“The need for us to come together and act as one Island has always been important, but never more important than during COVID,” Gerald Jones, co-creator of the initiative, told The Times. “We realize that, in the absence of an organization that got people together right away when COVID hit, other than on health issues and the like, there just wasn’t anything going on, and businesses were left largely to fend for themselves.”
Jones said he met with fellow board members on the Martha’s Vineyard Nonprofit Collaborative (MVNC) who agreed that a major hole in the support network for Island businesses and nonprofits is a centralized place to apply for and receive grants from federal and state agencies.
As part of the MVERI, Mitrokostas will be reaching out to businesses and organizations on the Island to see if they need help finding grant funds, and strengthening their applications to give them the best possible chance.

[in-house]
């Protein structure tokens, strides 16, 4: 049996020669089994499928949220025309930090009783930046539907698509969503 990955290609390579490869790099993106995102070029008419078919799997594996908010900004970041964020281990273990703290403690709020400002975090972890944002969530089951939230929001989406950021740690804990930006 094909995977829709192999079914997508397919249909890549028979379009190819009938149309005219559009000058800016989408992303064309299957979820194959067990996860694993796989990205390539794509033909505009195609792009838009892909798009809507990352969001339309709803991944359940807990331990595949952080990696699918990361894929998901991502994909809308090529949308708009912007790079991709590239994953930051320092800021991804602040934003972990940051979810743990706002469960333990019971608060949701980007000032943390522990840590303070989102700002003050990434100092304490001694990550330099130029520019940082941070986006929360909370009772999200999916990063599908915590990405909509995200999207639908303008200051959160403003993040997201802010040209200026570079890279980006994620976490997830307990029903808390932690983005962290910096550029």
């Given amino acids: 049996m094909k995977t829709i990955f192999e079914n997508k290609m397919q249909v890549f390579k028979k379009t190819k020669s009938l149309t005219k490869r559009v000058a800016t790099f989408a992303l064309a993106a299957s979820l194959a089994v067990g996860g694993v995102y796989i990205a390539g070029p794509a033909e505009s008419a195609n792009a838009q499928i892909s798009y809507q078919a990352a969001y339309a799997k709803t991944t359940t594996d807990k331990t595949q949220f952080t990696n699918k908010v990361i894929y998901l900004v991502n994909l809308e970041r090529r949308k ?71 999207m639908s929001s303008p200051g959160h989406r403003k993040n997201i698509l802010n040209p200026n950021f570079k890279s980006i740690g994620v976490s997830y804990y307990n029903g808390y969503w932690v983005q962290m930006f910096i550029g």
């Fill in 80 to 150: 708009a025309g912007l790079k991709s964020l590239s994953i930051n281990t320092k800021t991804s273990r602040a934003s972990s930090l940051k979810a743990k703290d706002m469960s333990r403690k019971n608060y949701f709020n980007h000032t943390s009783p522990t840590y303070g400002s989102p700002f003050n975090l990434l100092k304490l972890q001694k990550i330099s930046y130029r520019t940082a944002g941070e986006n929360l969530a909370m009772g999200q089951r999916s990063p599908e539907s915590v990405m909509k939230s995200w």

“We have a great grant writer, so how can we help?” Jones said, encouraging local folks to reach out if they need help locating and applying for grants. “I believe there is a need for some organizations on the Island to have a grant resource which doesn’t wait for organizations to call them, but reaches out and lets people know about what is available.” He added that a large portion of grants never get the attention of the Island, and many funding sources go entirely unutilized.
As a number of Islandwide environmental issues come into increasing focus, such as nitrogen loading in local estuaries, and rising sea levels and harsher storms that threaten our coastline, organizations that deal with these issues will be looking for funding sources. Jones said having the help of a professional grant writer like Mitrokostas, along with the backing of both the county and the chamber of commerce, will add some “oomph” to any entity’s application.
In order to demonstrate that an organization is deserving of a grant, they need to provide the grantor with what Jones called a “story,” which illustrates why the grant is necessary, and how that organization will use the grant in the most beneficial and efficient way.
The MVERI is in the process of creating a template for this kind of story, in order to streamline the application process and avoid “reinventing the wheel each time you go to apply,” Jones said.